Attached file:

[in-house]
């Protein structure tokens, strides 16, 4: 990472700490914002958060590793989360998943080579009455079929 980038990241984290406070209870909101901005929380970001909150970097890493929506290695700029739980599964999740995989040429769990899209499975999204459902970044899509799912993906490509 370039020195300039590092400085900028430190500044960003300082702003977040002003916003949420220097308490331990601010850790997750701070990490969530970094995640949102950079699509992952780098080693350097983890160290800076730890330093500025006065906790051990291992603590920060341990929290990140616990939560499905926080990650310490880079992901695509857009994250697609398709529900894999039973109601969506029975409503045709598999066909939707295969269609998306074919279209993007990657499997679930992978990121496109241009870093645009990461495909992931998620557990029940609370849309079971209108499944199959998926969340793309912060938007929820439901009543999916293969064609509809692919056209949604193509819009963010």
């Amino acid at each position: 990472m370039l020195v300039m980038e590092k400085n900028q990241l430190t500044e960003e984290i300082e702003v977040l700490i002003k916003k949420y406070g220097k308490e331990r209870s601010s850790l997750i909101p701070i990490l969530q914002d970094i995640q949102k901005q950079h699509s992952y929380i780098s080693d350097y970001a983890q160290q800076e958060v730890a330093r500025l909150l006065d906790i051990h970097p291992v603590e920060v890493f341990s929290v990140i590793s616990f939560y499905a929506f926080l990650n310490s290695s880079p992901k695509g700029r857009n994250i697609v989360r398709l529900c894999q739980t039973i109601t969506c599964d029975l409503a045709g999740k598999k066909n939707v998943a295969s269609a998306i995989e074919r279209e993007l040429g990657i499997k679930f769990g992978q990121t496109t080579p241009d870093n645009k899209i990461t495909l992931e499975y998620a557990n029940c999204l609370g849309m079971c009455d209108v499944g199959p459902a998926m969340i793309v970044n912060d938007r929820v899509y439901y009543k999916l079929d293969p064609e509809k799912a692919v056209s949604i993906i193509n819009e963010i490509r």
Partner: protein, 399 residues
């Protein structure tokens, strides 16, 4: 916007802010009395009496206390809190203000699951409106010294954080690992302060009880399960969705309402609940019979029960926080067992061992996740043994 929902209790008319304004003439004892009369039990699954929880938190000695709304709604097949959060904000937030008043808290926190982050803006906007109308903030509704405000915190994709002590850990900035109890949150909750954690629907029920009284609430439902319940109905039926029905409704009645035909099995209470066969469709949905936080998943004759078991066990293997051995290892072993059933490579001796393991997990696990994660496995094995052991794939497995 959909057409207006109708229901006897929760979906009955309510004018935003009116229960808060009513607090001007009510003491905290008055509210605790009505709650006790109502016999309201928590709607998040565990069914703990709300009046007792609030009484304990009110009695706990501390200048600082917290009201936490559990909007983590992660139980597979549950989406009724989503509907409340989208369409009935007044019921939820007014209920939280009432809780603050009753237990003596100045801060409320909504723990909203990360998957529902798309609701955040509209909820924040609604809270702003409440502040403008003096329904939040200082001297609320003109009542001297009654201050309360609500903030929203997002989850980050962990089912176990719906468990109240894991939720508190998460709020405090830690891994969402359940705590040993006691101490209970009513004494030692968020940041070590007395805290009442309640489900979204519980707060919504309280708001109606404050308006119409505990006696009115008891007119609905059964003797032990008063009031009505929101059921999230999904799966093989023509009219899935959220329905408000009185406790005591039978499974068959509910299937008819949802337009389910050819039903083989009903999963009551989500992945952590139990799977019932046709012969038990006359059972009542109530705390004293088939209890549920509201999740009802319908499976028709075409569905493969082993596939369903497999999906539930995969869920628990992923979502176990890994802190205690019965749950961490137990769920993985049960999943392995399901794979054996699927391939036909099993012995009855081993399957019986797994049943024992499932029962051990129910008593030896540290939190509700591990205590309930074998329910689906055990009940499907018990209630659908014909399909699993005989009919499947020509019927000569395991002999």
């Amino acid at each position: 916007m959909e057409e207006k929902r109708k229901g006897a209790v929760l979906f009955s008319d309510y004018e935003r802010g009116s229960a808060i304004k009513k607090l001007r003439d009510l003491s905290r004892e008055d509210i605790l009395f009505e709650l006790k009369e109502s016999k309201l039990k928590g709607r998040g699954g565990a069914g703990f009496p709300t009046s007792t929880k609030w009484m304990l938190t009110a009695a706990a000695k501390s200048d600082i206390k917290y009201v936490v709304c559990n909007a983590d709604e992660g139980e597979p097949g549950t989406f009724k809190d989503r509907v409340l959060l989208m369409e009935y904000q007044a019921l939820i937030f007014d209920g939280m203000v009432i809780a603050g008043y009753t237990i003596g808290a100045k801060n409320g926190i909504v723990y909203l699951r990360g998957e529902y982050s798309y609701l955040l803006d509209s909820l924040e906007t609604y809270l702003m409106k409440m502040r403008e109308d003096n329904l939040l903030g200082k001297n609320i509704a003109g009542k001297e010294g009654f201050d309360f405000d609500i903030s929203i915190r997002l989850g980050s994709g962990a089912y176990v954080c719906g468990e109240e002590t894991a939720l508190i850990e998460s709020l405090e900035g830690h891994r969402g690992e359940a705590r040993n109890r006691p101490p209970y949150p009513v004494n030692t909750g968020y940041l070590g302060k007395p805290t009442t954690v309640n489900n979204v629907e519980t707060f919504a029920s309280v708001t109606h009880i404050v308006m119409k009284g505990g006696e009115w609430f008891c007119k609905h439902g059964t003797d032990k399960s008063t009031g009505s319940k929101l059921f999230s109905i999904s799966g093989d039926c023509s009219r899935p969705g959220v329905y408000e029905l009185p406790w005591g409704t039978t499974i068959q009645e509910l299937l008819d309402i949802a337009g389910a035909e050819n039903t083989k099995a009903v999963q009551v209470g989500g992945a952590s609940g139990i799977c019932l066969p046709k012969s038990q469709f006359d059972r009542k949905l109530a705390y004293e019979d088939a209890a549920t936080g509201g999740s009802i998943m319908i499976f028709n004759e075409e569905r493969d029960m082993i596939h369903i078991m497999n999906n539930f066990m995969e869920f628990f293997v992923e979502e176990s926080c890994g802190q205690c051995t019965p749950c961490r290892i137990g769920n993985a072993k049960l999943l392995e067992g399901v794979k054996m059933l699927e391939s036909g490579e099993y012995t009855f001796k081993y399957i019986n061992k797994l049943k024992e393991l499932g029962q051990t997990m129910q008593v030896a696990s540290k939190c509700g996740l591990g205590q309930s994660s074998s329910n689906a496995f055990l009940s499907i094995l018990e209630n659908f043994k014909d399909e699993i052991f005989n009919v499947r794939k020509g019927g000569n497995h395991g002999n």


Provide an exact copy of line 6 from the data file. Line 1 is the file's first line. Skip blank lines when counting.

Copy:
């Amino acid at each position: 916007m959909e057409e207006k929902r109708k229901g006897a209790v929760l979906f009955s008319d309510y004018e935003r802010g009116s229960a808060i304004k009513k607090l001007r003439d009510l003491s905290r004892e008055d509210i605790l009395f009505e709650l006790k009369e109502s016999k309201l039990k928590g709607r998040g699954g565990a069914g703990f009496p709300t009046s007792t929880k609030w009484m304990l938190t009110a009695a706990a000695k501390s200048d600082i206390k917290y009201v936490v709304c559990n909007a983590d709604e992660g139980e597979p097949g549950t989406f009724k809190d989503r509907v409340l959060l989208m369409e009935y904000q007044a019921l939820i937030f007014d209920g939280m203000v009432i809780a603050g008043y009753t237990i003596g808290a100045k801060n409320g926190i909504v723990y909203l699951r990360g998957e529902y982050s798309y609701l955040l803006d509209s909820l924040e906007t609604y809270l702003m409106k409440m502040r403008e109308d003096n329904l939040l903030g200082k001297n609320i509704a003109g009542k001297e010294g009654f201050d309360f405000d609500i903030s929203i915190r997002l989850g980050s994709g962990a089912y176990v954080c719906g468990e109240e002590t894991a939720l508190i850990e998460s709020l405090e900035g830690h891994r969402g690992e359940a705590r040993n109890r006691p101490p209970y949150p009513v004494n030692t909750g968020y940041l070590g302060k007395p805290t009442t954690v309640n489900n979204v629907e519980t707060f919504a029920s309280v708001t109606h009880i404050v308006m119409k009284g505990g006696e009115w609430f008891c007119k609905h439902g059964t003797d032990k399960s008063t009031g009505s319940k929101l059921f999230s109905i999904s799966g093989d039926c023509s009219r899935p969705g959220v329905y408000e029905l009185p406790w005591g409704t039978t499974i068959q009645e509910l299937l008819d309402i949802a337009g389910a035909e050819n039903t083989k099995a009903v999963q009551v209470g989500g992945a952590s609940g139990i799977c019932l066969p046709k012969s038990q469709f006359d059972r009542k949905l109530a705390y004293e019979d088939a209890a549920t936080g509201g999740s009802i998943m319908i499976f028709n004759e075409e569905r493969d029960m082993i596939h369903i078991m497999n999906n539930f066990m995969e869920f628990f293997v992923e979502e176990s926080c890994g802190q205690c051995t019965p749950c961490r290892i137990g769920n993985a072993k049960l999943l392995e067992g399901v794979k054996m059933l699927e391939s036909g490579e099993y012995t009855f001796k081993y399957i019986n061992k797994l049943k024992e393991l499932g029962q051990t997990m129910q008593v030896a696990s540290k939190c509700g996740l591990g205590q309930s994660s074998s329910n689906a496995f055990l009940s499907i094995l018990e209630n659908f043994k014909d399909e699993i052991f005989n009919v499947r794939k020509g019927g000569n497995h395991g002999n």